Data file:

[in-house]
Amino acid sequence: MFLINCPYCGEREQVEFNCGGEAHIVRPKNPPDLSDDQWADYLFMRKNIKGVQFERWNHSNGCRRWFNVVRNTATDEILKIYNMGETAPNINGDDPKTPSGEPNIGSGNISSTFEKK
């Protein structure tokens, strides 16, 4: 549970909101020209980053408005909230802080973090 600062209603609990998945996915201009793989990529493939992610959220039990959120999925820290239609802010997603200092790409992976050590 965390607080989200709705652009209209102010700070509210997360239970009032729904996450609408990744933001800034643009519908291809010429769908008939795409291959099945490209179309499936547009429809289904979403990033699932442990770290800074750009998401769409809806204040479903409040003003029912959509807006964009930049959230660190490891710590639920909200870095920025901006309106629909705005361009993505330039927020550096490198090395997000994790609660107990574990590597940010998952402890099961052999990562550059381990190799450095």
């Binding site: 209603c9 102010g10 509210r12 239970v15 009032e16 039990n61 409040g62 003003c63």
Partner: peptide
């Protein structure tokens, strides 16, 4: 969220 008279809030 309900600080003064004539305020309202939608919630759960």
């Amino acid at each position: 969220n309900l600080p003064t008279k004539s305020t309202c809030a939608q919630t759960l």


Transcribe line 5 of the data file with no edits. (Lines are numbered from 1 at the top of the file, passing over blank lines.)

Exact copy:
Partner: peptide